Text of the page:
Every year, we receive data from schools, and we’ve deduced that there are two major elements that influence college admissions: The rigour of your high school curriculum and your high school GPA (Grade Point Average). Your GPA is a figure that shows how well you did in your classes. Its purpose is to grade you (typically on a scale of 1.0 to 4.0) during your studies and determine whether your overall marks were good or bad. This figure is then used to determine whether you meet the degree program’s or university’s criteria and expectations. Even if you wish to continue your studies and apply for a Master’s or PhD degree, your GPA is equally crucial. A good GPA will, once again, be determined by the university and the type of program you apply for. Some schools accept students with a 2.75 GPA, while some accept a 3.0 or 3.5 GPA. Standardized test scores, such as those from the SAT and ACT, comes secondary. Because GPA is so essential, here’s a fast guide to calculating yours.
Your grade point average (GPA) is calculated by dividing the total number of credits by the sum of all your course grades throughout high school. The majority of high schools (and colleges) use a 4.0 scale to report grades. A 4.0 is equal to the highest grade, an A. Here’s a basic chart to help you convert your letter grades to a 4.0 scale.
|LETTER GRADE||GRADE POINTS||NUMERICAL GRADE|
The average of all your grades on the 4.0 scale above is your unweighted GPA.
Some high schools implement a weighted GPA scale, which gives scores in accelerated courses like Honors Biology or AP French additional points (or “weight”). So, although a B in a regular class could equal a 3.0, in an AP class, a B might be closer to a 3.3 on a weighted scale.
The answer to this question is contingent on where you wish to attend college. Examine the GPA ranges for accepted students at the schools on your wish list to see how your grades stack up. Use our college/university search to find colleges that are a good fit for you.
The severity of your high school schedule will also be taken into account by colleges. When Honors and AP courses were available, did you take them? Were you a part of the IB program at your high school? Colleges want to see that you are challenging yourself academically in addition to doing well in the courses you studied.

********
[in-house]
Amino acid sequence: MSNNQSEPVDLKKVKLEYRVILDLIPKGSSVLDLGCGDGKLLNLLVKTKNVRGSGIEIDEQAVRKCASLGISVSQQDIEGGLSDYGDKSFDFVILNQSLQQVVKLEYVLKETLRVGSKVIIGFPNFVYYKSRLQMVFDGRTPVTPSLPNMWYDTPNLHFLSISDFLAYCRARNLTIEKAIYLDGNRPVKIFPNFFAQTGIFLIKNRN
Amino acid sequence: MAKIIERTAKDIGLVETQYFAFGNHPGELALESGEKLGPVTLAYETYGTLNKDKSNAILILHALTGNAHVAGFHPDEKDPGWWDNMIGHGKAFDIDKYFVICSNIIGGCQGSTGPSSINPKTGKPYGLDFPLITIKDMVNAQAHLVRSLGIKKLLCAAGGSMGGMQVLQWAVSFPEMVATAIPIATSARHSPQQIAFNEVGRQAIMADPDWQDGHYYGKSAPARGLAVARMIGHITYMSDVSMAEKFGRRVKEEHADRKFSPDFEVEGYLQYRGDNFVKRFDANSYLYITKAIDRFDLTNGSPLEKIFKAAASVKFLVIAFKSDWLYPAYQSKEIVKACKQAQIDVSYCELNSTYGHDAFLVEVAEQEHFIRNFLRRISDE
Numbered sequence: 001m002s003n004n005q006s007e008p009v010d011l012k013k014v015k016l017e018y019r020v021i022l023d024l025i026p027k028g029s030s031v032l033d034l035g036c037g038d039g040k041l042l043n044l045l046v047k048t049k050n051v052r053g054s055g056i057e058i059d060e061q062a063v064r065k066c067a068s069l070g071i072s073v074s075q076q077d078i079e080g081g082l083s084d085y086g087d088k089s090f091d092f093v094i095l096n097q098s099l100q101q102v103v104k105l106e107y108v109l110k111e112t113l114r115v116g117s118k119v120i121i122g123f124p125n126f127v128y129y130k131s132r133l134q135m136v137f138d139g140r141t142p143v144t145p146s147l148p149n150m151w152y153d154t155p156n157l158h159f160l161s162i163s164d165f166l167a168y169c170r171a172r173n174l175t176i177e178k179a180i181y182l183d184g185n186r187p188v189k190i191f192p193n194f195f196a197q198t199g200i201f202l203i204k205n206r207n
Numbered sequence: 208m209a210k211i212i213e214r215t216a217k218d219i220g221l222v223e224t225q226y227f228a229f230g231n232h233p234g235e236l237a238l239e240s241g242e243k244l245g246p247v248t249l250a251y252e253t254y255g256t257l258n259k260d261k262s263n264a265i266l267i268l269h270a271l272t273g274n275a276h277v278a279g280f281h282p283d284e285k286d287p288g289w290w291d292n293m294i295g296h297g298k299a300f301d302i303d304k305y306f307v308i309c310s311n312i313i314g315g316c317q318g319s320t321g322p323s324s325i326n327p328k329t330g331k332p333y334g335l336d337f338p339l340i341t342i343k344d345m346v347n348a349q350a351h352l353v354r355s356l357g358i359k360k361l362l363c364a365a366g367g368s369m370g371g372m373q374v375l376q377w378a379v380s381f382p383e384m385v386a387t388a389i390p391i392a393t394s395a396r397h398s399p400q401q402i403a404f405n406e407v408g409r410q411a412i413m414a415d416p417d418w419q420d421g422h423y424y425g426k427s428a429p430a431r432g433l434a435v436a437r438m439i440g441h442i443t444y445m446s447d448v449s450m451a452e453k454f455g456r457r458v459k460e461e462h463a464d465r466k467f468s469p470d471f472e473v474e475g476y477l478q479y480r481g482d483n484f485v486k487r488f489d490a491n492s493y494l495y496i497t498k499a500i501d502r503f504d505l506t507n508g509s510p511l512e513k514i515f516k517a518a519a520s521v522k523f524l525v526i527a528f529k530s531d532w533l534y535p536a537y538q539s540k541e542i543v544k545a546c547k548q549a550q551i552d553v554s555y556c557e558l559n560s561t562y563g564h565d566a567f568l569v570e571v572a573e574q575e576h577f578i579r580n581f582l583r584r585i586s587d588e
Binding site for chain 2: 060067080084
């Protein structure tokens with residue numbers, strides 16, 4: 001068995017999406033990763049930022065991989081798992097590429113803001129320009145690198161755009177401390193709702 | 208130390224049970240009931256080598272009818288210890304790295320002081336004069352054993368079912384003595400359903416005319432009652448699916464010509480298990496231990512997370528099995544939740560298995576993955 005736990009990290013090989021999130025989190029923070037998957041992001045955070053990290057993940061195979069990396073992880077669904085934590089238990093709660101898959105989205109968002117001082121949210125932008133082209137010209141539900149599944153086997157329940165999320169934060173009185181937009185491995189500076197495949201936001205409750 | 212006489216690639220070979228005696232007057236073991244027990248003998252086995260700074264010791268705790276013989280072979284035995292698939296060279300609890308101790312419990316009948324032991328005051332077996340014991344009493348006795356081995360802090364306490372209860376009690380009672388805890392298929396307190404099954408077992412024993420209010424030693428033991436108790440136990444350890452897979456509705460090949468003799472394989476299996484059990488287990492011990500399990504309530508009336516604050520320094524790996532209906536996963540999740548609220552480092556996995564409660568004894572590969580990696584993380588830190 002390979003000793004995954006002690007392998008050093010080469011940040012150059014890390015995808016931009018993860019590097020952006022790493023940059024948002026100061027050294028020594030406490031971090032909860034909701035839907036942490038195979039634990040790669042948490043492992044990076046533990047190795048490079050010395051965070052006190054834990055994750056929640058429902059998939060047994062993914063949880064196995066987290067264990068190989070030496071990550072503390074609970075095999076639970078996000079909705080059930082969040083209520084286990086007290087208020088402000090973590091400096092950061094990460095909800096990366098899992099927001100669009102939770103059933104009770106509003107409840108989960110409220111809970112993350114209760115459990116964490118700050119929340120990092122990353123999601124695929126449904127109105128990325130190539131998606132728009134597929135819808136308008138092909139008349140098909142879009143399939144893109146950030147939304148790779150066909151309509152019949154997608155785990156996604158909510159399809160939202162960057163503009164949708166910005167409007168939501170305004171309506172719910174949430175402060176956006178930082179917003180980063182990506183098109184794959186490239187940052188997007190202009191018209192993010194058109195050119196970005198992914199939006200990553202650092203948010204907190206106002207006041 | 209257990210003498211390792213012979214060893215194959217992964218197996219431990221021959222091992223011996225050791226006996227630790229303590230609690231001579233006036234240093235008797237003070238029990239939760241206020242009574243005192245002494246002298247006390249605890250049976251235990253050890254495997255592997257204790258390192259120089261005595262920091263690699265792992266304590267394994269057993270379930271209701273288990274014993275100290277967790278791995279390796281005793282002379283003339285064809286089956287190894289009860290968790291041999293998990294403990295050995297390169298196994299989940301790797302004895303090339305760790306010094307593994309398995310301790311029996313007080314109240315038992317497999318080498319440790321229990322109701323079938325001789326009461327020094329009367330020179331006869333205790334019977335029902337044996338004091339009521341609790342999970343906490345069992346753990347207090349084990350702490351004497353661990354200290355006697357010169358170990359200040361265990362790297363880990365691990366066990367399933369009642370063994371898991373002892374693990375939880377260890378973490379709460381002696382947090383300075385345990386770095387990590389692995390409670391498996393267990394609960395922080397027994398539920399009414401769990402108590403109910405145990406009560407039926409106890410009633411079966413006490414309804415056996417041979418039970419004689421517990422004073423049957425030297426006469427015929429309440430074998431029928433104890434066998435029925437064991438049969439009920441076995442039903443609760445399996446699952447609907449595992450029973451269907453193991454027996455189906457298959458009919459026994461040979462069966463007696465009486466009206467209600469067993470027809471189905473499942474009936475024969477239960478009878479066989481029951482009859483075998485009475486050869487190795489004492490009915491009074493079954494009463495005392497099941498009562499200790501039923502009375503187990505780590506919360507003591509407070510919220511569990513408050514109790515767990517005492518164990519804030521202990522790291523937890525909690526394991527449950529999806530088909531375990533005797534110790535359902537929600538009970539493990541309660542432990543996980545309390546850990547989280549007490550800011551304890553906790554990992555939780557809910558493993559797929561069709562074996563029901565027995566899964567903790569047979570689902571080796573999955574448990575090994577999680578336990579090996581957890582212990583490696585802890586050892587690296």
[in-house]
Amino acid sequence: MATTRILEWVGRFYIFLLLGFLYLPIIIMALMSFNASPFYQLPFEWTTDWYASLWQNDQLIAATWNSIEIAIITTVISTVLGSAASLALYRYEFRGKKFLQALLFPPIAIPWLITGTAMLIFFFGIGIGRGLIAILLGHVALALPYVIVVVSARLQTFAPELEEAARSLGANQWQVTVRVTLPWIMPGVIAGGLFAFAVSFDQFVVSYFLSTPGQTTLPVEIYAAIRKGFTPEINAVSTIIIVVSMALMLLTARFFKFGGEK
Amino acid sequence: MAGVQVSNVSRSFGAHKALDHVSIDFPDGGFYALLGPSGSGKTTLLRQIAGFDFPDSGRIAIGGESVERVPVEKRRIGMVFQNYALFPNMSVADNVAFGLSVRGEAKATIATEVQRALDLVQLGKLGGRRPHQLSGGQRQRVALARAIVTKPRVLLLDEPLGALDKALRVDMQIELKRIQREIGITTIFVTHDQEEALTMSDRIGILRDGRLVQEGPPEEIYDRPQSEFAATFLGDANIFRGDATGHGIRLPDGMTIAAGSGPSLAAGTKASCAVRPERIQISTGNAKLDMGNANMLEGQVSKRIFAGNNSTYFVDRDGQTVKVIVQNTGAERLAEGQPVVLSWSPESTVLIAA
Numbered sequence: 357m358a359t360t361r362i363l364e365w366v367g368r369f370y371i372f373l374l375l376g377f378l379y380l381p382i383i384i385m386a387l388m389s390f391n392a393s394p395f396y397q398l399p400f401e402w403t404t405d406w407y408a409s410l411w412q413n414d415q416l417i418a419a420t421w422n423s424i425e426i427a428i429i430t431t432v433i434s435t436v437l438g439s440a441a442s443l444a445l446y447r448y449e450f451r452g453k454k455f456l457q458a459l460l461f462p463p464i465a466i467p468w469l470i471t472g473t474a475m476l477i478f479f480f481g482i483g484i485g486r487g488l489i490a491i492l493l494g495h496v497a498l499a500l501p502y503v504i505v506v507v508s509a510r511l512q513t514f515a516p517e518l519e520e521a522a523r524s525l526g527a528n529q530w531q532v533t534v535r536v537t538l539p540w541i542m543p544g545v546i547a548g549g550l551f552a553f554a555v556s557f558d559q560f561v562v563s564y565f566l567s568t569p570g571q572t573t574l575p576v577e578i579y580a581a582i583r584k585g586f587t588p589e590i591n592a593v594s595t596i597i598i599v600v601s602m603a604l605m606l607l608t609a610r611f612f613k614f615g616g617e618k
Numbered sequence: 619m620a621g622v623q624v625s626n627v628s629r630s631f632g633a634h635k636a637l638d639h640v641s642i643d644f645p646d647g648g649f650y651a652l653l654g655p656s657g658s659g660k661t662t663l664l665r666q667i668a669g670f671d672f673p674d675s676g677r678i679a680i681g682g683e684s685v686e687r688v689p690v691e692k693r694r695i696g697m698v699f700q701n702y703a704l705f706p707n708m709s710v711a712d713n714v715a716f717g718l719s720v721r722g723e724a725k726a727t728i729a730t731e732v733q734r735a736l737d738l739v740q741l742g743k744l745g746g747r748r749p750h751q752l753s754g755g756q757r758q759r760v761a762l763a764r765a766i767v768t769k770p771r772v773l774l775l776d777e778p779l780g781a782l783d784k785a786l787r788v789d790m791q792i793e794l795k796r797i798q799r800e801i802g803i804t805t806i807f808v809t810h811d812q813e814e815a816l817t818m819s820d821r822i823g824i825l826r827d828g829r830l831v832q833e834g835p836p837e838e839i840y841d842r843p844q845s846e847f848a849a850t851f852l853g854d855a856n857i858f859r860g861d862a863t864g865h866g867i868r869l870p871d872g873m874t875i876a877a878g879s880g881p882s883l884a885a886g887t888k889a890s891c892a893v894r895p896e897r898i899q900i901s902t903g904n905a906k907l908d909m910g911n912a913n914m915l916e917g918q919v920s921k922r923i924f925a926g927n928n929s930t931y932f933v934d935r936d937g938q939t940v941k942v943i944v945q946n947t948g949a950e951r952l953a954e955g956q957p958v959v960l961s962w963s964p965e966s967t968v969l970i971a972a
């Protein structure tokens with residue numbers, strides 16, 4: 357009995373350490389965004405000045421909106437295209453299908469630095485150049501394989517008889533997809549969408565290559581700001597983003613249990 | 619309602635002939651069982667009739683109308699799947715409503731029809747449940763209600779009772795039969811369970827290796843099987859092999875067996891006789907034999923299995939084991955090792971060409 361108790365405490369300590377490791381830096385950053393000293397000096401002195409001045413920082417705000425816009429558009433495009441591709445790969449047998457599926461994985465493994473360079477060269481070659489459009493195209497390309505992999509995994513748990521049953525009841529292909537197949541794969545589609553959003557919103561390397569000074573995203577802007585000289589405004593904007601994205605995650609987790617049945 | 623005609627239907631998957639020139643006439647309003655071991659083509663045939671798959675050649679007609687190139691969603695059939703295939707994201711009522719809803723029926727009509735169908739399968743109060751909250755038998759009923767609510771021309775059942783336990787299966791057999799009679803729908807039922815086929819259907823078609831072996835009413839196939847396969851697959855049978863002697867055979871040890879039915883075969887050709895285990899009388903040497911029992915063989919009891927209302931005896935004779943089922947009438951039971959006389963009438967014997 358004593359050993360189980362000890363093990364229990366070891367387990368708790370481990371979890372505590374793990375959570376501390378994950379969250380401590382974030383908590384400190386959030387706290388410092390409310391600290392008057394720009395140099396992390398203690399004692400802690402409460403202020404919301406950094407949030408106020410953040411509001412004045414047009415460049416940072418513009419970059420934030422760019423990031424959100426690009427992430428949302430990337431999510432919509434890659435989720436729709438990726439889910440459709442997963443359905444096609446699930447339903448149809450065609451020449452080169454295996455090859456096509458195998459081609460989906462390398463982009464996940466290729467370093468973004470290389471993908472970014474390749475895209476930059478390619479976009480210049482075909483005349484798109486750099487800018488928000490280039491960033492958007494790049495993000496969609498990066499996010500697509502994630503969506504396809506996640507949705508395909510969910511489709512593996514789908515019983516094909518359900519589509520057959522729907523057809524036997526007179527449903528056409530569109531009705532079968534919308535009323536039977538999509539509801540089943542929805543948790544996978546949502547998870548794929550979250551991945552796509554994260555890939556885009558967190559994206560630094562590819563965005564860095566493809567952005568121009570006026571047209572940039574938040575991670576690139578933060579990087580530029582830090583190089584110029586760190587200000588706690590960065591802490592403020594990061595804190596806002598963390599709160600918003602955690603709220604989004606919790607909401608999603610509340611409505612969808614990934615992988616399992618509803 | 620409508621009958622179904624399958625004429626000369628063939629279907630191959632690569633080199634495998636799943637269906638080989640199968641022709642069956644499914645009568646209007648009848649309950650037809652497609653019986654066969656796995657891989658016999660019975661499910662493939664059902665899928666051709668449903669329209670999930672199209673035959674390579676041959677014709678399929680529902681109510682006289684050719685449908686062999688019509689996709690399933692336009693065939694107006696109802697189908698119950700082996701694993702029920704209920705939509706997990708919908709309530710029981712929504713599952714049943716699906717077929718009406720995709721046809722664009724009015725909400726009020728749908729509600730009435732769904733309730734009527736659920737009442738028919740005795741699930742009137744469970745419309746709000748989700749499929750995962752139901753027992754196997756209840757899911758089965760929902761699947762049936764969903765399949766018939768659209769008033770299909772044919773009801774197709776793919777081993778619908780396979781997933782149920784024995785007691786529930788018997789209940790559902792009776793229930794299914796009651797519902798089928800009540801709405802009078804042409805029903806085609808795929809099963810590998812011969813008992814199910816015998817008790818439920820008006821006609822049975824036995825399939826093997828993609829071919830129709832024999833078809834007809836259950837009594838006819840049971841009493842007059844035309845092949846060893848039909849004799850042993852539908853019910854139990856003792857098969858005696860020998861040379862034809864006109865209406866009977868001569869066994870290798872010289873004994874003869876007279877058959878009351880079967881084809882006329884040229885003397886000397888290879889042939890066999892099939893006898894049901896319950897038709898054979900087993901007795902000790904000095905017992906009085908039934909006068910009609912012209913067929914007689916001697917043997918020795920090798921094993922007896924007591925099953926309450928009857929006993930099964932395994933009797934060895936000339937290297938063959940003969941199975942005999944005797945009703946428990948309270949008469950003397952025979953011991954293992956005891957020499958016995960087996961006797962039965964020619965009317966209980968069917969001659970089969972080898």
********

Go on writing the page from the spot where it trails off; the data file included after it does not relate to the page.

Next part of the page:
With your GPA, you’ll be able to get in, but in these financially challenging times, your grades can also convert into dollars and cents. Even at universities where students are solely given aid based on their financial need, students who have excelled academically are given priority packaging. (They have a higher percentage of grants and a lower amount of loans in their award packages.) Some universities provide full scholarships to students with high GPAs.
Other universities (increasingly in recent years) award big merit-based grants regardless of financial necessity. These scholarships aren’t only for 4.0 students, either! Several universities that we know of offer merit-based grants to students with B averages.
You can earn scholarships in addition to your grades by participating in extracurricular activities. To learn more about what all extracurriculars can help you win a scholarship, you can read our blog on Turn Extracurricular Activities into Scholarships.
Senioritis exists, but colleges continue to monitor your grades even after you’ve been accepted. So don’t assume you’ll be able to ignore your grades once that acceptance letter arrives in the mail! Plus, if you’ve been waitlisted for your dream school, maintaining good grades can help you get off of it.
In a nutshell, your GPA is actually the only metric or computation that shows how good of a student you are and whether you’ve been doing well through your degree program throughout your university education. Although you’ll know whether you have passed and succeeded in your classes, your GPA provides a more comprehensive picture of your total grades and scores.
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